Skip to main content

Women: Representation

Volume 769: debated on Tuesday 8 March 2016


Asked by

To ask Her Majesty’s Government what measures they are planning to take to increase the representation of women in political and public life.

My Lords, International Women’s Day is the perfect opportunity to celebrate the achievements of women in the UK. We now have more female MPs than ever before and more women in the top posts across government. However, we are not complacent, which is why we are taking steps to encourage talented women from all backgrounds to consider politics or public life as a potential career, including setting a clear aspiration that 50% of new public appointments should go to women.

I thank the Minister for her reply. I agree that progress has been made, but it is all very slow and we need to accelerate the participation of women, as she said. Does she agree that having a gender balance in all our elected institutions would mean that we were using the best of all the talents that this country has to offer? To achieve that aim, will she join me in signing up to the UN’s theme for International Women’s Day, which is its pledge for parity: “Planet 50-50 by 2030”? If that target is achieved, it will mean that in 15 years’ time we will have a much better balanced democracy that reflects the electorate of this country.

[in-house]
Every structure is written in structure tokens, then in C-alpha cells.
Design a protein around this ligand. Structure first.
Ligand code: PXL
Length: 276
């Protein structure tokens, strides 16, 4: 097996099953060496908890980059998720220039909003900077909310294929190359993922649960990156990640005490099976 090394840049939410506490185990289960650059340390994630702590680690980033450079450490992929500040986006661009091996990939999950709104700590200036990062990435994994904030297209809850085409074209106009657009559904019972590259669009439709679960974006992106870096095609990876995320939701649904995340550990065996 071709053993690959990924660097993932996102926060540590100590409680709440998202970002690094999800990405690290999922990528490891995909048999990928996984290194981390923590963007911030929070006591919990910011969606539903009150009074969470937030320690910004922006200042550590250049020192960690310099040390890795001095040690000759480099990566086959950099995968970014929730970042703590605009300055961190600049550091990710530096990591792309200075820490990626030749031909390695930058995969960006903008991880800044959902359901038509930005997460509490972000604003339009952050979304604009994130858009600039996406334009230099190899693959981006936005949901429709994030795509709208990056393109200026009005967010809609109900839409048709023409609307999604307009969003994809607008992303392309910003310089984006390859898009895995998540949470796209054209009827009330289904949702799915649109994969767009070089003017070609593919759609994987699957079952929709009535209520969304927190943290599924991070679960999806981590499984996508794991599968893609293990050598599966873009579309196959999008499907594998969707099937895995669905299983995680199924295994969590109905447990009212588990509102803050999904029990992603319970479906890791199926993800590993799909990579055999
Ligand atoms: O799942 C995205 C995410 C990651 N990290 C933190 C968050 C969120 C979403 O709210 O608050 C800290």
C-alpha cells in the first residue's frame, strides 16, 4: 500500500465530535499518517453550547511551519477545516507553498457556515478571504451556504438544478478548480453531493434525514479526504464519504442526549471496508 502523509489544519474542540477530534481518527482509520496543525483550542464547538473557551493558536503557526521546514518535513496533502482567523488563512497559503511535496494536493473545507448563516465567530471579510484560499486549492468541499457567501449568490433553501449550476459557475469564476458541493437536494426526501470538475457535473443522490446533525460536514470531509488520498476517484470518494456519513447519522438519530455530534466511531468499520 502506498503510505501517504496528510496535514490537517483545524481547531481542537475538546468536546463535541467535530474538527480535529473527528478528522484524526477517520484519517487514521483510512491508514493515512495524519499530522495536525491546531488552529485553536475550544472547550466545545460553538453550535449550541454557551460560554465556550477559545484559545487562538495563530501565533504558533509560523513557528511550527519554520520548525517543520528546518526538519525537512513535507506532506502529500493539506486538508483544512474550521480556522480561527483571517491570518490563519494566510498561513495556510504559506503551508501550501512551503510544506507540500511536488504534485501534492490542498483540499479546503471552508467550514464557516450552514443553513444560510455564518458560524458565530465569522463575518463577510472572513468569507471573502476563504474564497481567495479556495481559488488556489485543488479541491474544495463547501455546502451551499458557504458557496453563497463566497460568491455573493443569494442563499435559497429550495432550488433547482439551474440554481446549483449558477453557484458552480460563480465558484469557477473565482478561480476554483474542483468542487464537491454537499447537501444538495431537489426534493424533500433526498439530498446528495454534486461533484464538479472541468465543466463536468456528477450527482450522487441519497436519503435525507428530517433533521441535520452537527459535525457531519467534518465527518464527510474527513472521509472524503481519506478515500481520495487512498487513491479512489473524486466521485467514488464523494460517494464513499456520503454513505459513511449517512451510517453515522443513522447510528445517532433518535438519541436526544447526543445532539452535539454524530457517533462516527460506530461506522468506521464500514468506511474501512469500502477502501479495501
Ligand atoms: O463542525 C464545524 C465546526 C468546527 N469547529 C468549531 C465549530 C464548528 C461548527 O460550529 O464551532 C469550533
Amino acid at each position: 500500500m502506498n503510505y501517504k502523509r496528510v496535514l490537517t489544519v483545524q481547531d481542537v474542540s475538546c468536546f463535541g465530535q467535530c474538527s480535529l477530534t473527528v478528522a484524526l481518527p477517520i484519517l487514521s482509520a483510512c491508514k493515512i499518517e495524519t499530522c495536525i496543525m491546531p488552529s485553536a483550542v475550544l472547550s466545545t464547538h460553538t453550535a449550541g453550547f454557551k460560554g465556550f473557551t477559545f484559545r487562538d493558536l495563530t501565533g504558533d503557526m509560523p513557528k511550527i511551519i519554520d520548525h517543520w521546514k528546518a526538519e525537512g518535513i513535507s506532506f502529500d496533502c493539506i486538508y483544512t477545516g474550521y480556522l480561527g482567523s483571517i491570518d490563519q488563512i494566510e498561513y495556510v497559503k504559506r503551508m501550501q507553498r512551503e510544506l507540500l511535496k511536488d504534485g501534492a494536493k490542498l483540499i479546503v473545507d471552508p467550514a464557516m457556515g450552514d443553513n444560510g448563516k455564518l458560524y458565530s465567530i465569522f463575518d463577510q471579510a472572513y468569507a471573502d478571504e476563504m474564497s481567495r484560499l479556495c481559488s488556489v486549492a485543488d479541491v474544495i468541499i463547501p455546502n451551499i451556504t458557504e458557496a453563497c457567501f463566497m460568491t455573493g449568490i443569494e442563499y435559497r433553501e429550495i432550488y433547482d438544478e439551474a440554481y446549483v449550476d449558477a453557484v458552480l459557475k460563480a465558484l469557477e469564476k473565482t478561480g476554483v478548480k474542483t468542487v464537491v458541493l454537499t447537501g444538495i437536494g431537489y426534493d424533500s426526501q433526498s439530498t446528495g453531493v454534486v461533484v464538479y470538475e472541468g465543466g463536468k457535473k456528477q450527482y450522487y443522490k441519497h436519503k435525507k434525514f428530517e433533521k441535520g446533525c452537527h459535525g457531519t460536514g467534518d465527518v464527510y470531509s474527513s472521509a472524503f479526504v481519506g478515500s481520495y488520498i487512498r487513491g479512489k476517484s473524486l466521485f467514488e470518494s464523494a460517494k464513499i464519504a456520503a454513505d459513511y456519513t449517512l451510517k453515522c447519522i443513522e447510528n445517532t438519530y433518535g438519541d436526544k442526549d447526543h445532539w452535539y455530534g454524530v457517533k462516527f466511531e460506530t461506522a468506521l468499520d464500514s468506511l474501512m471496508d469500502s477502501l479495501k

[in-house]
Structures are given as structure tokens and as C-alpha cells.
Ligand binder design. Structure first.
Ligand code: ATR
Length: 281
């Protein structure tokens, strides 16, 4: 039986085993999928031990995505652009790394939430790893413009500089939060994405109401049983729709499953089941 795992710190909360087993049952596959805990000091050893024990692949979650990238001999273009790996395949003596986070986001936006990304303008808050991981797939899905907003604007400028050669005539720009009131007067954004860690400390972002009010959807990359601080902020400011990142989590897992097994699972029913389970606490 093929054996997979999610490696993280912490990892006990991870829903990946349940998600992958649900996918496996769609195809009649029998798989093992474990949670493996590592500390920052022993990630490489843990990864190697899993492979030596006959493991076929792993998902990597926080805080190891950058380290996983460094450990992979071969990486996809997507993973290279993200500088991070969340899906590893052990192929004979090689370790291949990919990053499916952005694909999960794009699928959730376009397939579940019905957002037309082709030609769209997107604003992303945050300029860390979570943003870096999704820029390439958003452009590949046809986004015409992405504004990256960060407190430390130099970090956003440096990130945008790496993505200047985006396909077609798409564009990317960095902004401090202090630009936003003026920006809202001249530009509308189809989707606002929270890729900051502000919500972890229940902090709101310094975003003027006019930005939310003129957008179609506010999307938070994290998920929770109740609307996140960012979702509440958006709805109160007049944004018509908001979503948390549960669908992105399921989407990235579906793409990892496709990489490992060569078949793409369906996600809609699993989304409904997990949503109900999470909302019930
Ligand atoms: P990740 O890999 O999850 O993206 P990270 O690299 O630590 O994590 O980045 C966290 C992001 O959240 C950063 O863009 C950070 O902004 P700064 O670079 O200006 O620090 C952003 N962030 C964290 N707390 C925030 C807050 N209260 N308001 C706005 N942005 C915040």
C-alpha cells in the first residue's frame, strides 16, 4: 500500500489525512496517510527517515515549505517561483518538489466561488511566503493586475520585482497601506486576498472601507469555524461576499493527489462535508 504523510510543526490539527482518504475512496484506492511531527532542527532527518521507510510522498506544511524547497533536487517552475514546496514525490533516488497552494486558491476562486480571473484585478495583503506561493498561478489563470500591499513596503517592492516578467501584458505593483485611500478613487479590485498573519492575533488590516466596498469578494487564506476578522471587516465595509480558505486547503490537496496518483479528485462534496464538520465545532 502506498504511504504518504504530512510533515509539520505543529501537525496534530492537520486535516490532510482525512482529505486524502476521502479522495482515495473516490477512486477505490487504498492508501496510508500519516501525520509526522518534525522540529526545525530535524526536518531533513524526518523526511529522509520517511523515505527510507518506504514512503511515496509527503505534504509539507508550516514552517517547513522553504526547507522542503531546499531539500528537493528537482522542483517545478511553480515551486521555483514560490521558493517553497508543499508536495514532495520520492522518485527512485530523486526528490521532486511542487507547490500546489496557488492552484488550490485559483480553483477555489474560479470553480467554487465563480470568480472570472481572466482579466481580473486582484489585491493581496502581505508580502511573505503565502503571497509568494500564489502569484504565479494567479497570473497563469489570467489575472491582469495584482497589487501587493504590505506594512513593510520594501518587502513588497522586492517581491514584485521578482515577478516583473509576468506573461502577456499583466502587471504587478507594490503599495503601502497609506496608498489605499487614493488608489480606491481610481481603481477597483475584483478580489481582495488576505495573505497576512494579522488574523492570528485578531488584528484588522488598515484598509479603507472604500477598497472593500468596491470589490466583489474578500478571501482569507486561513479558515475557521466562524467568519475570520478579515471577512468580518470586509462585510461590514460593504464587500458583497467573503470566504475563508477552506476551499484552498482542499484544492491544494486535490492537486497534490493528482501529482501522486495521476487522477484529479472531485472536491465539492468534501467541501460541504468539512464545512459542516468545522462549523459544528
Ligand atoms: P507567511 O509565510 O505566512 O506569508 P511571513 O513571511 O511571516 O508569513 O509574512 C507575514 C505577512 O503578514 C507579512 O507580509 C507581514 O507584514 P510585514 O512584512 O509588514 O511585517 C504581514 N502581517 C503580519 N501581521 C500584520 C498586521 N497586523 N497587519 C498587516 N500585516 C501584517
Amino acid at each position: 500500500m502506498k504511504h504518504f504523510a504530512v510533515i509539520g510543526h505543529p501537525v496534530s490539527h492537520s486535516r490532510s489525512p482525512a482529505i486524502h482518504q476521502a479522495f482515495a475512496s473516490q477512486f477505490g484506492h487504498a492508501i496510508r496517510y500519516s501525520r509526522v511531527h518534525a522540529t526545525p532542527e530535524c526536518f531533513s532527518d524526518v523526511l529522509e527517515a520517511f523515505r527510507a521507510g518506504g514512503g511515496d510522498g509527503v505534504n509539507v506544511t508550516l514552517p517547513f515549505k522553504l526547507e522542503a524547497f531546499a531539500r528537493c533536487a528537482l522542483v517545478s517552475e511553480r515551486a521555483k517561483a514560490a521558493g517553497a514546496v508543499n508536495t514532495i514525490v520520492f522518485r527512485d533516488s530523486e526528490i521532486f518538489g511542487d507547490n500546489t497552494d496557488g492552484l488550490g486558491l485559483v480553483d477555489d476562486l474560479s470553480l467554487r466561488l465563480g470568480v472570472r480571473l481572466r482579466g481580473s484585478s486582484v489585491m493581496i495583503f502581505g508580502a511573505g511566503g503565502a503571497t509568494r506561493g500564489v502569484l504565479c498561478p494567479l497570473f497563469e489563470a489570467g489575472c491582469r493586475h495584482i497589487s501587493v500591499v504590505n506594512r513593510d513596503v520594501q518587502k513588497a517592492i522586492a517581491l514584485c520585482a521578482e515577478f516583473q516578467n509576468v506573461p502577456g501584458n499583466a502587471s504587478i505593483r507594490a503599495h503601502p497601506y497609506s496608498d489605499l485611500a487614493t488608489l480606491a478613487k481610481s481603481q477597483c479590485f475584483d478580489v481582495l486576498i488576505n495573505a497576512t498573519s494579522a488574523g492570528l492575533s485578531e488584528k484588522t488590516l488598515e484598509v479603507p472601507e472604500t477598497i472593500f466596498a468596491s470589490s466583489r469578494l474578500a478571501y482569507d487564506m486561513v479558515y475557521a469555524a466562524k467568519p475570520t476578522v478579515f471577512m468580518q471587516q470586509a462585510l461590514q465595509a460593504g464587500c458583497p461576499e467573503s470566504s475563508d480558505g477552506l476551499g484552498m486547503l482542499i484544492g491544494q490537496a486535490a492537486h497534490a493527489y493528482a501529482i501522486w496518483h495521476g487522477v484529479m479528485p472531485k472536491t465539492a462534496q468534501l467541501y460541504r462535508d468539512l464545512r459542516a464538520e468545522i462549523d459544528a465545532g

I thank the noble Baroness for her Question. I agree that organisations make the best decisions when they have a mix of skills, backgrounds and experiences. Increasing women’s political participation is extremely important and helps create female role models. I was struck by the noble Baroness’s comment in our debate last night that in 2003 the Welsh Assembly became a world leader as the first democratically elected institution to have 50% women members. I think that we all want to follow that example.

My Lords, will the Minister acknowledge the organisation for which Emmeline Pankhurst was parliamentary candidate for Stepney upon her death in 1928, and of which Margaret Thatcher became the leader a very long time ago in 1979?

I am very happy to acknowledge the achievements of the women that my noble friend mentioned. We now have the most gender-diverse Parliament in British history. We have more female MPs than ever before and more women in top posts. In fact, 26% of all candidates who stood at the last election were women.